Naturalist Newsletter of December 24, 2007
issued from Yerba Buena Clinic just outside
Pueblo Nuevo Solistahuacan, Chiapas, MÉXICO
about 1740 meters in elevation, ± LAT. 17° 11' 27"N, LONG. -92° 53' 35"W
The other day Iván and I were walking to town when alongside the road we found a beautiful butterfly that'd been killed by a car. It's shown at the right.
The eye-catching feature of this butterfly is that the lower surface of its hindwing bears an unmistakable representation of the number 88. The wings' upper surface, just black and white with a hint of blue, isn't nearly as interesting, as you can see below.
This is a tropical species known as Anna's Eighty- eight, DIAETHRIA ANNA ANNA. It's one of the "brush- footed butterflies," which means that it's a member of the largest of all "true butterfly" families, the Nymphalidae, along with such all-time favorites as the Painted Lady, fritillaries and checkerspots. The main field mark distinguishing members of the Nymphalidae is that their front legs are greatly reduced, often so short and hairy that they look like brushes.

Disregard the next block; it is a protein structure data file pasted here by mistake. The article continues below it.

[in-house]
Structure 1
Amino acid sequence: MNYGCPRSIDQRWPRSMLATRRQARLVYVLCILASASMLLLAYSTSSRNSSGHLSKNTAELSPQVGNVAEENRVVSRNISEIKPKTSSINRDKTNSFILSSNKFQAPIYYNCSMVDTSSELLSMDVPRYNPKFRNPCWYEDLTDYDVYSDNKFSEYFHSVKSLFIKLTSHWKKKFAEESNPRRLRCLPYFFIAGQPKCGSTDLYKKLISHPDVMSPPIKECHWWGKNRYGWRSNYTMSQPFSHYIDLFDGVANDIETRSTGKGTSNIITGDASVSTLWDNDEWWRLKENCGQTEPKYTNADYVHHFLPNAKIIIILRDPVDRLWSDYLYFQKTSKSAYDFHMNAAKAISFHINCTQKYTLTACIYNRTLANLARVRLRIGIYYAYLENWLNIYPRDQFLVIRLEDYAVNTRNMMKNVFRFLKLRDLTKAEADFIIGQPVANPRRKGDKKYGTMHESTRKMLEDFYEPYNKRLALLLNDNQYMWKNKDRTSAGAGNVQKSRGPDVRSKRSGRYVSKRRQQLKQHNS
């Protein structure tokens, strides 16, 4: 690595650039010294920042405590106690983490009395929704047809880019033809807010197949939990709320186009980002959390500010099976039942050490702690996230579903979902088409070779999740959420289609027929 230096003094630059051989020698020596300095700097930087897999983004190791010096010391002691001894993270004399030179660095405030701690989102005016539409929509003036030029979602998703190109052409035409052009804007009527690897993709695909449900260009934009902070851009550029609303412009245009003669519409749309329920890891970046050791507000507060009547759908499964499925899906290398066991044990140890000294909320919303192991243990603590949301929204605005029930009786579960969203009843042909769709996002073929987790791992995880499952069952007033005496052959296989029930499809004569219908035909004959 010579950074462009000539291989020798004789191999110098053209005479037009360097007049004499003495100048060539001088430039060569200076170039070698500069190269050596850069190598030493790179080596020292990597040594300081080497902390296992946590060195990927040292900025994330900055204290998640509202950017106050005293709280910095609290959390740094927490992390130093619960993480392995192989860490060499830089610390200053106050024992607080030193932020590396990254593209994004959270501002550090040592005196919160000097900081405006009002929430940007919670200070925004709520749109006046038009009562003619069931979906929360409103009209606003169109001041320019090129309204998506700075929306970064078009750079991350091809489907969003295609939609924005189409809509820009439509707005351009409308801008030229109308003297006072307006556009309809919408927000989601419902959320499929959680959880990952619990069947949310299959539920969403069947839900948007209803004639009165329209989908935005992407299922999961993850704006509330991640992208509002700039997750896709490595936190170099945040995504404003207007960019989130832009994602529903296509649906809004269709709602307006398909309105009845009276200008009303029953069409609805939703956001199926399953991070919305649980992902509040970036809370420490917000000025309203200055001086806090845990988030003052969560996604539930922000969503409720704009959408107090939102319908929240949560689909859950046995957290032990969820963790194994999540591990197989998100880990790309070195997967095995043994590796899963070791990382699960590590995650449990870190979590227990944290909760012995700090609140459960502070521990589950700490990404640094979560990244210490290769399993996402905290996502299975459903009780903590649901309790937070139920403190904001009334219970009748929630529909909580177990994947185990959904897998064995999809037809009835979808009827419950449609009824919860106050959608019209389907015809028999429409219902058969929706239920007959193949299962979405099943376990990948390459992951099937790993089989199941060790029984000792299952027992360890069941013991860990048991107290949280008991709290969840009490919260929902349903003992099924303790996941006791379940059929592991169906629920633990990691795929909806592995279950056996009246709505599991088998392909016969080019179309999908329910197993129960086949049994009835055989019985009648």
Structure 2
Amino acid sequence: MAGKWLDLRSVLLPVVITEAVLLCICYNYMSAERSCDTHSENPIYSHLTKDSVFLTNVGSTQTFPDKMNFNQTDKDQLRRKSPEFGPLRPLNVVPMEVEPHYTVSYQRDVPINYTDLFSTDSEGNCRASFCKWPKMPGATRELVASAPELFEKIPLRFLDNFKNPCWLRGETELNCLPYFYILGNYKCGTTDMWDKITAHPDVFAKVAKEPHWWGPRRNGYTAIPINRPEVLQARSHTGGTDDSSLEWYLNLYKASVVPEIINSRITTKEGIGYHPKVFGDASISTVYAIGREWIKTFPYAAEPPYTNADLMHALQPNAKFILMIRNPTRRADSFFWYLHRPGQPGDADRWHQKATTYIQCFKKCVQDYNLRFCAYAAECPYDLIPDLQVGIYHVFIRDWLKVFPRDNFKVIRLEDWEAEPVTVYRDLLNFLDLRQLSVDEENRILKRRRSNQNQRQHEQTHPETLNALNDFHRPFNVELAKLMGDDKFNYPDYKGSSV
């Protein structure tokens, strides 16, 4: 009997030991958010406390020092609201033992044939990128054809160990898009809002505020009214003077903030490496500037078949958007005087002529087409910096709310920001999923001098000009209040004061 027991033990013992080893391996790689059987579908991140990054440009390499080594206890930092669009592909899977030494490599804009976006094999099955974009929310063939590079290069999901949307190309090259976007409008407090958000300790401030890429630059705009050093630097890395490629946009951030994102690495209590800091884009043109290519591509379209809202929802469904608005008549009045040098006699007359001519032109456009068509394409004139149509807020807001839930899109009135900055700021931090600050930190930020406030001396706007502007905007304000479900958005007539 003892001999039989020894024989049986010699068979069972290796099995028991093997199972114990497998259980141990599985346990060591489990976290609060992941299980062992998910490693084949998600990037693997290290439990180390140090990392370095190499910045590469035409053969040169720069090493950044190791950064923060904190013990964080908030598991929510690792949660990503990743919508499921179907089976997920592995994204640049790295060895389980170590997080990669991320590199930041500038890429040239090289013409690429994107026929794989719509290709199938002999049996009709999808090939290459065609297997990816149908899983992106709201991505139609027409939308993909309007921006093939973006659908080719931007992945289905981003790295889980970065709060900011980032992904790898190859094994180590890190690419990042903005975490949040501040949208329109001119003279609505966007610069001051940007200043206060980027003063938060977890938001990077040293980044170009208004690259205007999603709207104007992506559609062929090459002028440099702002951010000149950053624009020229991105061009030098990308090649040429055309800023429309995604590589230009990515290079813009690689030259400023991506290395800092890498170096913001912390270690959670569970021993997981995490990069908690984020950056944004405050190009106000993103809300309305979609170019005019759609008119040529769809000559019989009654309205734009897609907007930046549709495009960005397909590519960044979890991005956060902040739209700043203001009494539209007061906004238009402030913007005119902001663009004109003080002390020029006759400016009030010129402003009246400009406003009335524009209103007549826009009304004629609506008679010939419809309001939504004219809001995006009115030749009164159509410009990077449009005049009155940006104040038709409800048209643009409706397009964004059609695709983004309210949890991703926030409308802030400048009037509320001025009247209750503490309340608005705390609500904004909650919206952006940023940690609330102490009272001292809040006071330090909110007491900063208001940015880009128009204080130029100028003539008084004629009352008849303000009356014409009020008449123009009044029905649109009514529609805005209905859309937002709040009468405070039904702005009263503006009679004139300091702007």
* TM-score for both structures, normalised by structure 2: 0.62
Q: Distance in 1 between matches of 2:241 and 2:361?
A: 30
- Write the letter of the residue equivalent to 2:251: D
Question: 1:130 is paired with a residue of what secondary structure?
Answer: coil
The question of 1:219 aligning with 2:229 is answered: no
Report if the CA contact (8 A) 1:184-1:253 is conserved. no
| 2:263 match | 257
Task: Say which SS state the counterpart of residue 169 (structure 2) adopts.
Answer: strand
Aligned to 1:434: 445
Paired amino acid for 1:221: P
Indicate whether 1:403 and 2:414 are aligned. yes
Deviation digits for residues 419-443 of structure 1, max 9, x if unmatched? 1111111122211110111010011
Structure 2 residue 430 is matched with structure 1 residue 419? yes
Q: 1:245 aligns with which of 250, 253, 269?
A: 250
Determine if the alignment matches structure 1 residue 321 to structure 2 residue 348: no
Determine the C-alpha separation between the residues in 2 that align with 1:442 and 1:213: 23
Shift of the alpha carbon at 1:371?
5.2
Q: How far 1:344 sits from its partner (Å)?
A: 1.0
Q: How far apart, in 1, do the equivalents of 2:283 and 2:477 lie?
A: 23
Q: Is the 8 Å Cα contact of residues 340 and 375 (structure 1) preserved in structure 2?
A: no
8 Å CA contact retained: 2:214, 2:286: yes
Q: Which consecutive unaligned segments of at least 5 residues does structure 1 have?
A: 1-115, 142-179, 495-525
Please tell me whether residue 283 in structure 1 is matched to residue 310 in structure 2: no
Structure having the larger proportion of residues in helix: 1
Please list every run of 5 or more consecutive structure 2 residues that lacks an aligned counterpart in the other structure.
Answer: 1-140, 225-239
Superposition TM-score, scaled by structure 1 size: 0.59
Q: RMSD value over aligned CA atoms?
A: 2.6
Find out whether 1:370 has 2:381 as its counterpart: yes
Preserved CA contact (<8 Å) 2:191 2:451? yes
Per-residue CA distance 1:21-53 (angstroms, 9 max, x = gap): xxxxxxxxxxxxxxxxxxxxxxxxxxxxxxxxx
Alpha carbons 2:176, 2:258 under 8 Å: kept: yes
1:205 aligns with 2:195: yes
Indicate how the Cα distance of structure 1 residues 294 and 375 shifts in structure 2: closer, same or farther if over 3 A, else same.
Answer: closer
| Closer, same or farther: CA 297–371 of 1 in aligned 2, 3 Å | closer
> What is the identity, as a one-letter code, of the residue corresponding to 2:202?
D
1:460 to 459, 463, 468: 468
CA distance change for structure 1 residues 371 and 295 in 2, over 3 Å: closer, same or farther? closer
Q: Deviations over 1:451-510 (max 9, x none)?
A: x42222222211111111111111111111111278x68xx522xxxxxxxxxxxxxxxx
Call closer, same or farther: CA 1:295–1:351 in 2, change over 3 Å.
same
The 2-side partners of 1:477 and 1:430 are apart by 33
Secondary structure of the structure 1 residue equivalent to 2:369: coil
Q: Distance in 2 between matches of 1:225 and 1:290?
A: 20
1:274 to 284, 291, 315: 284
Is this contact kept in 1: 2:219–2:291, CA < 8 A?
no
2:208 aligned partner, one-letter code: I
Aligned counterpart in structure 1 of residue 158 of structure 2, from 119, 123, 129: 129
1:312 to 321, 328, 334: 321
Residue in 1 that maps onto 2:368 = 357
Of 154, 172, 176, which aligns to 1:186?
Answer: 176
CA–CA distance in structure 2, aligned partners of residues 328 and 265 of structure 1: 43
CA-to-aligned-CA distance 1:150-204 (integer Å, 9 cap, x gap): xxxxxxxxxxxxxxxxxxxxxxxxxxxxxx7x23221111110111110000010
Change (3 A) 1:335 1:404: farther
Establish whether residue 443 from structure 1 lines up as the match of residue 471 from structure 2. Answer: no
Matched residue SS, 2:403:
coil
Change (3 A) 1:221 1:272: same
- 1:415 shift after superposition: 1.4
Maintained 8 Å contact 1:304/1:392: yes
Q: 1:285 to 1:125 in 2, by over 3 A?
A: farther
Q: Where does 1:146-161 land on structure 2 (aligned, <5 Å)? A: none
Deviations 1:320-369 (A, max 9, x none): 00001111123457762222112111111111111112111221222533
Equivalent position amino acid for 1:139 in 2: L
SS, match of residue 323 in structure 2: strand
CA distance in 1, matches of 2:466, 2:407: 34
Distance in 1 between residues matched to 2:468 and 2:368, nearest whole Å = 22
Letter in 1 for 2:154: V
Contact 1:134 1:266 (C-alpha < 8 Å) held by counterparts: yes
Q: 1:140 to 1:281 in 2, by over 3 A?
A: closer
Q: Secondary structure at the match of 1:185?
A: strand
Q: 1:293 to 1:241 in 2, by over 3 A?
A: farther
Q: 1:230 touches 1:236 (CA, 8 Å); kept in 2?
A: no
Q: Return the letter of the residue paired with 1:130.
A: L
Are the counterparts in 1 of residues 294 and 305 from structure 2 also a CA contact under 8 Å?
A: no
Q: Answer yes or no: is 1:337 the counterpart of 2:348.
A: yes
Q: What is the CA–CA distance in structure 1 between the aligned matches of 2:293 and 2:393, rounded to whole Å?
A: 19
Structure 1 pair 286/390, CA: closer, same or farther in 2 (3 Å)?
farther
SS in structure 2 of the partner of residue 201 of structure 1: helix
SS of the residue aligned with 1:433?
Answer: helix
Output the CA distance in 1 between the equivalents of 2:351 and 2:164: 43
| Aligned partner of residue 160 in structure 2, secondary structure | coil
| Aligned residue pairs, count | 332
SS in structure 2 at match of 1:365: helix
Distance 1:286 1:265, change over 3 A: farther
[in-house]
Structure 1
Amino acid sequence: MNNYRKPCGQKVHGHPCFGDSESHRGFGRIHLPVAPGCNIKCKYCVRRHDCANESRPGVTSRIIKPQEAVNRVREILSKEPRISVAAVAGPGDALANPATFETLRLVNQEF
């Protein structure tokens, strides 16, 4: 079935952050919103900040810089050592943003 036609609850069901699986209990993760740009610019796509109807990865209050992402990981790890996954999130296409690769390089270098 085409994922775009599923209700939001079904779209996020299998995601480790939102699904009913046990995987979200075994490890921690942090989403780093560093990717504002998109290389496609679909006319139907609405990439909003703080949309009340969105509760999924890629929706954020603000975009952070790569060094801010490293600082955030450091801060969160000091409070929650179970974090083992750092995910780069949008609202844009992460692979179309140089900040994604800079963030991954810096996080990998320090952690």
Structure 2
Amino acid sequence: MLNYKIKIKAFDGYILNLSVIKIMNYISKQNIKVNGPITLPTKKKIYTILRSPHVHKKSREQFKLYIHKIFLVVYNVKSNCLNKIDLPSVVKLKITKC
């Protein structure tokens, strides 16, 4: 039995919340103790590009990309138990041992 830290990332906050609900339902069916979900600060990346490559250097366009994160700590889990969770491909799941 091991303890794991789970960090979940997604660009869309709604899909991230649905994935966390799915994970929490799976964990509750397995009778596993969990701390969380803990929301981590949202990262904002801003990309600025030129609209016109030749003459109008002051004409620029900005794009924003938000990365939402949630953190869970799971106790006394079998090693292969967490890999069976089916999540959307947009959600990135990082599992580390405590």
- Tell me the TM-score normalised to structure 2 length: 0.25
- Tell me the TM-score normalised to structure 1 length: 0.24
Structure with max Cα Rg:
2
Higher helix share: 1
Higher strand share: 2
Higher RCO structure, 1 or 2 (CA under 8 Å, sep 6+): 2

A few days later I photographed the species shown at the right.
That's obviously another "eighty-eight" species but its 88s aren't as perfect as the Anna's. It's the White-patched Eighty-eight, DIAETHRIA BACCHIS. Since it belongs to the same genus as Anna's Eighty-eight the similarities are understandable.
Apparently from time to time other "eighty-eight" species turn up in Texas not far from the Mexican border or in southern Florida, where introductions might be suspected. But most North Americans, unless they come way south, will never see "eighty-eight" butterflies in their natural habitat.
By the way, my gallery of upland Chiapas butterflies continues to grow. You can see what I have so far at http://www.backyardnature.net/chiapas/butter01.htm.